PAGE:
What is the relationship between genes and infection in stomach cancer? Elizabeth Tracey reports


A common bacterium called Helicobacter pylori or H.pylori infects the stomach, and is known to cause stomach ulcers. Now new research links this infection and genetics to the development of stomach or gastric cancer. William Nelson, director of the Kimmel Cancer Center at Johns Hopkins, describes the study.

Nelson: In the initial part of the study they looked at the more than 10,000 subjects that had gastric cancer. 38,000 controls they could line up and they were able to get information on whether they had H. pylori infections and found the genes that were encoding proteins that participate in the repair of damage to the genome were associated with an increased risk of stomach cancer on their own. H. pylori is associated with an increased risk of stomach cancer on its own.  And the two of them together interact in such a way that it heightens that risk.:33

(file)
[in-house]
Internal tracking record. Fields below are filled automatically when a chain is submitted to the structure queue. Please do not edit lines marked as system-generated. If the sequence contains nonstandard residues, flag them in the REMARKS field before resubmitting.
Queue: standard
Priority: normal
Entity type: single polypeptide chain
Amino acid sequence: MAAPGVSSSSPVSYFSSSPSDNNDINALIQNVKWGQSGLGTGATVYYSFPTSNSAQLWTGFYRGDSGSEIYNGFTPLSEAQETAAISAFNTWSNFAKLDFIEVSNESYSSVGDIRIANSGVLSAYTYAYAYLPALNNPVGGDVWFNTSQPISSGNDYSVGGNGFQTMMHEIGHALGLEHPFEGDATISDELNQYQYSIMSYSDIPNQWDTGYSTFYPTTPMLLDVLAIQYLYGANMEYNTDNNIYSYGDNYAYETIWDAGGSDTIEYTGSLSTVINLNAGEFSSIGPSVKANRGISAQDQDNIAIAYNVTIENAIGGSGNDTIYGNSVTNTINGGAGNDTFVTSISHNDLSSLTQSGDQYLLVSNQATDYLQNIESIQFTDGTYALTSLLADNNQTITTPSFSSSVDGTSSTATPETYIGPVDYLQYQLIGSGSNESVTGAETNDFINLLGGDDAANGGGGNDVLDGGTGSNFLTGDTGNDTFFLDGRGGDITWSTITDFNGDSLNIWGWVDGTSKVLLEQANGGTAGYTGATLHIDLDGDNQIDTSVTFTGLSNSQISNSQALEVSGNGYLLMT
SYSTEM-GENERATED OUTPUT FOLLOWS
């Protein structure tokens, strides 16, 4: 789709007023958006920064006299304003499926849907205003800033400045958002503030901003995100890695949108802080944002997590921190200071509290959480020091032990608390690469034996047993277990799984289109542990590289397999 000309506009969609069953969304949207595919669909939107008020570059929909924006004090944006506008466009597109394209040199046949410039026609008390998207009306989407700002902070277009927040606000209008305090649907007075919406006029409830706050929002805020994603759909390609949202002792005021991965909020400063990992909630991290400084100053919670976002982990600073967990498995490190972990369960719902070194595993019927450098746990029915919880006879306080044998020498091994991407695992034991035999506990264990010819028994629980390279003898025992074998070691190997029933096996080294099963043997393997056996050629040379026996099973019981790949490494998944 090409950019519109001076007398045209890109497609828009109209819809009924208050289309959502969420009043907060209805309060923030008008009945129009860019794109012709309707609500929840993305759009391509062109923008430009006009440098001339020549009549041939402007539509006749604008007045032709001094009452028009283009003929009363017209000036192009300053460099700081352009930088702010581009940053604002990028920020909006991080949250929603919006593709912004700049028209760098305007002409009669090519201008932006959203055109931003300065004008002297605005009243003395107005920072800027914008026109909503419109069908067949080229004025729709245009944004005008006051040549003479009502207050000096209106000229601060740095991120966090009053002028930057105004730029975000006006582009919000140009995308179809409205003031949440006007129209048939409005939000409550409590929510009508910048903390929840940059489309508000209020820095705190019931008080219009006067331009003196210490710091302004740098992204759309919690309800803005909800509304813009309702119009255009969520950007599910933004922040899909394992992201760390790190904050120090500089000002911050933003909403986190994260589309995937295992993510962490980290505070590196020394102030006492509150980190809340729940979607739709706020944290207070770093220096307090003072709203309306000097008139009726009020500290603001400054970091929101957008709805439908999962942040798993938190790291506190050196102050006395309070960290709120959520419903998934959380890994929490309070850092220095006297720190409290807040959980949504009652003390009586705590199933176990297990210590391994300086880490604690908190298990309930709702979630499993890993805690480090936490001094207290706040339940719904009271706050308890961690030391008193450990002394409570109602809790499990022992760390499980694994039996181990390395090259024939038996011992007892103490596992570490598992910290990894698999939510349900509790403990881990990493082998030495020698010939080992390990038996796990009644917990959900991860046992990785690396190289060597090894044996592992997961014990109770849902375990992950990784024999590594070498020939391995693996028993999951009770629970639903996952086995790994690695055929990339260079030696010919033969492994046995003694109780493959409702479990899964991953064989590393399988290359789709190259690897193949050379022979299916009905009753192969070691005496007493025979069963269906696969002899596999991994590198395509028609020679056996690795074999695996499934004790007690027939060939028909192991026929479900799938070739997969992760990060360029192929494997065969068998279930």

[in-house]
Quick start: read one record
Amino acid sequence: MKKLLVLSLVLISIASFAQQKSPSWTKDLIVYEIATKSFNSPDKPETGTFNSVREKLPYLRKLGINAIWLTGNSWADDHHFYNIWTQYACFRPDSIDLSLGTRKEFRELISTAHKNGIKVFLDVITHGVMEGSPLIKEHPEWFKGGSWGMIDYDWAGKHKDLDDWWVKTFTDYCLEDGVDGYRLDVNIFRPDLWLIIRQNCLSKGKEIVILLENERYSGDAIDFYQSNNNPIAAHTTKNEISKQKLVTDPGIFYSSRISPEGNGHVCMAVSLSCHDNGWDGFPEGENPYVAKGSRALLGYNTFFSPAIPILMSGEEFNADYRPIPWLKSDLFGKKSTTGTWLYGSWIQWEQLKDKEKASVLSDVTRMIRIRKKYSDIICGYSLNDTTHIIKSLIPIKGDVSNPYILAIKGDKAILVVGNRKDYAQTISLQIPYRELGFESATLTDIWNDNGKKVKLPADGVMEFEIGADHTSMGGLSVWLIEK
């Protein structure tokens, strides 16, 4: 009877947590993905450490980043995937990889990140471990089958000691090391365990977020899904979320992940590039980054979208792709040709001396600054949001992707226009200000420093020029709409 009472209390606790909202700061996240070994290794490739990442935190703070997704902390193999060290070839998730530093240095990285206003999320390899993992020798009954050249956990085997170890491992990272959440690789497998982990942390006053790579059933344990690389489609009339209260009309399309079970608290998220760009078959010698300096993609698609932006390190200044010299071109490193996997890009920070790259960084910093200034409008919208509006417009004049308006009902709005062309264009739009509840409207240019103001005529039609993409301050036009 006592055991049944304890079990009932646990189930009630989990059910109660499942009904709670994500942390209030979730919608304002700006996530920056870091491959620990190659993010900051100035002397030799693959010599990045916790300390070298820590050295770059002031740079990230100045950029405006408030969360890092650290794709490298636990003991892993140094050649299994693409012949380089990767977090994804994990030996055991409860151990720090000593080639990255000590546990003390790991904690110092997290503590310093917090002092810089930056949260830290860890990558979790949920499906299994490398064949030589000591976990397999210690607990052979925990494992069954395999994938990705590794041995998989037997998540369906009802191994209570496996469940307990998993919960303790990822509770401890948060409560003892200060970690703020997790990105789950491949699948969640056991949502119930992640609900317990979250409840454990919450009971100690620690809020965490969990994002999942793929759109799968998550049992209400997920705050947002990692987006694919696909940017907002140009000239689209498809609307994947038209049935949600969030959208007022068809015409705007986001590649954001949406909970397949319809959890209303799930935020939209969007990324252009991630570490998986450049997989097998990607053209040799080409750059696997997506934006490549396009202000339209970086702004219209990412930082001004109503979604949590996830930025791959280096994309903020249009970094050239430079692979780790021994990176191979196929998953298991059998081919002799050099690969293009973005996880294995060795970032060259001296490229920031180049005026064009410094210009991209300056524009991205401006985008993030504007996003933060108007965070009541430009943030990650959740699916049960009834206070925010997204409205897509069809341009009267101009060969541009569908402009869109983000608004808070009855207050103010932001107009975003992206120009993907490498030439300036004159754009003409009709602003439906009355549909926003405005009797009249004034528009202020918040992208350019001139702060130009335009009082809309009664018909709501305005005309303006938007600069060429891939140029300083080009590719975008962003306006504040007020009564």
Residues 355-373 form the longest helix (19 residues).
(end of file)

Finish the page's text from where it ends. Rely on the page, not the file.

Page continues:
Nelson says it’s too early to say whether screening for H.pylori infections and treating them will help. At Johns Hopkins, I’m Elizabeth Tracey.